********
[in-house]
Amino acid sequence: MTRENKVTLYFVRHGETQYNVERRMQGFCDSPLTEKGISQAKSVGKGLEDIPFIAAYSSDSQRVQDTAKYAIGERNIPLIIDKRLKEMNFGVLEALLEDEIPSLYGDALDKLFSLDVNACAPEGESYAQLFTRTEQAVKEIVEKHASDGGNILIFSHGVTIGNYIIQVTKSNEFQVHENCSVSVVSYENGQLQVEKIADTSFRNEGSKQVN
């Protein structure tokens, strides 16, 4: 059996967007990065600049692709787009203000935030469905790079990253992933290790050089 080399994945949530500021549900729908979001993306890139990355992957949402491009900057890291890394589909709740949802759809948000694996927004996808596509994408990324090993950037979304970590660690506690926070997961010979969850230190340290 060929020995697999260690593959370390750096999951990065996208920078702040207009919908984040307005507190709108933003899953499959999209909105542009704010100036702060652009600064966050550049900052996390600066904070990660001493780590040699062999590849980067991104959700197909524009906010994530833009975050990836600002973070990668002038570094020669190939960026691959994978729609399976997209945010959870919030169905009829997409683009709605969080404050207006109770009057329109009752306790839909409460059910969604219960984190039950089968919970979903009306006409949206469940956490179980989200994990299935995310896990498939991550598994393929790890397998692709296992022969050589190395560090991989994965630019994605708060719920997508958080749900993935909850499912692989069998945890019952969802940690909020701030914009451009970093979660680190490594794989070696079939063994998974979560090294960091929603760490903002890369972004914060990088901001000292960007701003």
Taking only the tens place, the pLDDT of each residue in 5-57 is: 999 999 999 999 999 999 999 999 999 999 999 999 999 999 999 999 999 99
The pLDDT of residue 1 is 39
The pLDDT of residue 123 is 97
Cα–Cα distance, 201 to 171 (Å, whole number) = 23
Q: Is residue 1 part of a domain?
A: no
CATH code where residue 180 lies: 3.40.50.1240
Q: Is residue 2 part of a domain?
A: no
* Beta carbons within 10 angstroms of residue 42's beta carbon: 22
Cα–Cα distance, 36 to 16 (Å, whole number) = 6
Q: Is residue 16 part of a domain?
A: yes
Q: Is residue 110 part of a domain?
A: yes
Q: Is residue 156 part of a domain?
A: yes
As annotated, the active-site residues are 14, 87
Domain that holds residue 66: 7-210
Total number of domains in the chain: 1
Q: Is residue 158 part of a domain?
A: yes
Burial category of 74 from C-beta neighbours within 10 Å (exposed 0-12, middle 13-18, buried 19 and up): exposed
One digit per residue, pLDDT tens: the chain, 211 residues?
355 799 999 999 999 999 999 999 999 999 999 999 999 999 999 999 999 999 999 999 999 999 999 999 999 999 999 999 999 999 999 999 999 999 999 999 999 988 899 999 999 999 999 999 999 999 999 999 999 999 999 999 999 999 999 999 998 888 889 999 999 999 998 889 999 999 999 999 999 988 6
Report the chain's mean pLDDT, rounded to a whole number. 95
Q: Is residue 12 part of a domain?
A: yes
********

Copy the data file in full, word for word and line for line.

[in-house]
Amino acid sequence: MTRENKVTLYFVRHGETQYNVERRMQGFCDSPLTEKGISQAKSVGKGLEDIPFIAAYSSDSQRVQDTAKYAIGERNIPLIIDKRLKEMNFGVLEALLEDEIPSLYGDALDKLFSLDVNACAPEGESYAQLFTRTEQAVKEIVEKHASDGGNILIFSHGVTIGNYIIQVTKSNEFQVHENCSVSVVSYENGQLQVEKIADTSFRNEGSKQVN
């Protein structure tokens, strides 16, 4: 059996967007990065600049692709787009203000935030469905790079990253992933290790050089 080399994945949530500021549900729908979001993306890139990355992957949402491009900057890291890394589909709740949802759809948000694996927004996808596509994408990324090993950037979304970590660690506690926070997961010979969850230190340290 060929020995697999260690593959370390750096999951990065996208920078702040207009919908984040307005507190709108933003899953499959999209909105542009704010100036702060652009600064966050550049900052996390600066904070990660001493780590040699062999590849980067991104959700197909524009906010994530833009975050990836600002973070990668002038570094020669190939960026691959994978729609399976997209945010959870919030169905009829997409683009709605969080404050207006109770009057329109009752306790839909409460059910969604219960984190039950089968919970979903009306006409949206469940956490179980989200994990299935995310896990498939991550598994393929790890397998692709296992022969050589190395560090991989994965630019994605708060719920997508958080749900993935909850499912692989069998945890019952969802940690909020701030914009451009970093979660680190490594794989070696079939063994998974979560090294960091929603760490903002890369972004914060990088901001000292960007701003």
Taking only the tens place, the pLDDT of each residue in 5-57 is: 999 999 999 999 999 999 999 999 999 999 999 999 999 999 999 999 999 99
The pLDDT of residue 1 is 39
The pLDDT of residue 123 is 97
Cα–Cα distance, 201 to 171 (Å, whole number) = 23
Q: Is residue 1 part of a domain?
A: no
CATH code where residue 180 lies: 3.40.50.1240
Q: Is residue 2 part of a domain?
A: no
* Beta carbons within 10 angstroms of residue 42's beta carbon: 22
Cα–Cα distance, 36 to 16 (Å, whole number) = 6
Q: Is residue 16 part of a domain?
A: yes
Q: Is residue 110 part of a domain?
A: yes
Q: Is residue 156 part of a domain?
A: yes
As annotated, the active-site residues are 14, 87
Domain that holds residue 66: 7-210
Total number of domains in the chain: 1
Q: Is residue 158 part of a domain?
A: yes
Burial category of 74 from C-beta neighbours within 10 Å (exposed 0-12, middle 13-18, buried 19 and up): exposed
One digit per residue, pLDDT tens: the chain, 211 residues?
355 799 999 999 999 999 999 999 999 999 999 999 999 999 999 999 999 999 999 999 999 999 999 999 999 999 999 999 999 999 999 999 999 999 999 999 999 988 899 999 999 999 999 999 999 999 999 999 999 999 999 999 999 999 999 999 998 888 889 999 999 999 998 889 999 999 999 999 999 988 6
Report the chain's mean pLDDT, rounded to a whole number. 95
Q: Is residue 12 part of a domain?
A: yes